“I feel like my generation lost hobbies. Everything doesn’t have to be a hustle, side hustle, or money-making enterprise. Sometimes it’s just fun to do something because it brings you joy, peace, relaxation, or allows you to be creative. Let’s rediscover hobbies in 2020.” – Keshia
In 2017, I went through some emotional loses that caused me to re-evaluate my vision for the future. It still involves some form of the “white picket fence… 2.5 children” fairy tale but it has evolved. My vision now centers around a peace that withstands the oppositions we face in life and is driven by the desire to leave a different kind of legacy. The evolution towards this new vision all started in taking up running as a hobby. Running helped me heal, rebuilt my confidence and allowed me to see there is something beyond just “adulting”. The trick I discovered to making hobbies work is the time commitment. In a world focused on immediate gratification, the real treasures
take time. In making a year commitment to each of the following forms of a running, I got incrementally closer to a more enriched life.
Obstacle Course Racing (OCR)
At the tail end of 2017 I tried my hand at long distance running but quickly recognized the only way I would endure the distance would be if it was in the woods with lots of obstacles to keep me entertained. Entering my first race made me realize how hard these obstacles were and they “bit back” when you messed up! In 2018, with a strong commitment to training I was able to run competitively in a few Spartans, a Savage Race, a Bonefrog, a Green Barrette Challenge, the Barbarian Challenge and the Frog Town Challenge. These races re-built my confidence but left me beat-up physically, so I decided to transition to pure trail running at the end of 2018.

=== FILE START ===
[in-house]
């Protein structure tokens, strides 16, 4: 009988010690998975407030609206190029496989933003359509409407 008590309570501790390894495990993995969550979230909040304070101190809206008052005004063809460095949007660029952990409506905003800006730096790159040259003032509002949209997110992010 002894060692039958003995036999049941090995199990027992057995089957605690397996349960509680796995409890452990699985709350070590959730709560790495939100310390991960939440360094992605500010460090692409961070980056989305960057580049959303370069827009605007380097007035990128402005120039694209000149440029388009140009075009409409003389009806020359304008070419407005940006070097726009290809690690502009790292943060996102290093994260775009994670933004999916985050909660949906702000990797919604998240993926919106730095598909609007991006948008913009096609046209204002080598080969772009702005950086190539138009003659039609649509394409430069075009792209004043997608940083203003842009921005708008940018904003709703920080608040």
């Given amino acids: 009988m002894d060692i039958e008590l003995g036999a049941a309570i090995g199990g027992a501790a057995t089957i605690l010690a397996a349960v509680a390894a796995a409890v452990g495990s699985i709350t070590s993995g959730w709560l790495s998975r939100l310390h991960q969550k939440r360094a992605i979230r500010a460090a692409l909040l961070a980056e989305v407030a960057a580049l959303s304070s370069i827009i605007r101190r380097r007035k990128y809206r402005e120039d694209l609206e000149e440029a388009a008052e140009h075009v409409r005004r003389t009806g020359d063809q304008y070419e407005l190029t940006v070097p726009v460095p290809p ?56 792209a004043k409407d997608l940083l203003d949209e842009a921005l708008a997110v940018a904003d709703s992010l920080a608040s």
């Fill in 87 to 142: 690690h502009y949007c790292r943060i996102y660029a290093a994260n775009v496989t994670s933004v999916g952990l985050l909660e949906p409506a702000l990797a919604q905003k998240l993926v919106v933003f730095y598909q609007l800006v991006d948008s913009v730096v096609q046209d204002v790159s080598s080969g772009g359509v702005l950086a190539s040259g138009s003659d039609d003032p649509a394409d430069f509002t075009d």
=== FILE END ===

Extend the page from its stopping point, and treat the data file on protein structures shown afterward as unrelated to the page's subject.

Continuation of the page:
Trail Running & Girls on the Run
Trail running didn’t seem so boring after my stint in OCR, so when January 2019 came around, I was poised to race in Tennessee, Alabama, Georgia, South Carolina and California. But changing gears came with its own set of challenges with chronic injuries keeping me sidelined for the first part of the year. Eventually, I podiumed in multiple races in Georgia and found true peace running in California on the Rubicon Trail. But the game changed again, when with the opportunity to build a legacy through mentoring young women. To keep my mind off my chronic injuries, I signed up to be a coach for Girls on the Run. Working with young women and watching them become more confident through running was more rewarding than any medal I had ever won.
So, as I move into 2020, my confidence is high, and my vision is clear because of my re-commitment to my childhood passion of running. I’m now headed back to the form of running I love most, sprinting. Already, with the training professionals involved in this phase, I see options for building something that allows youth to have access to athletic resources that will help them grow in more than just their sport. My reason for sharing this is to inspire you to re-commit to a hobby because you never know what you will discover about yourself along the way.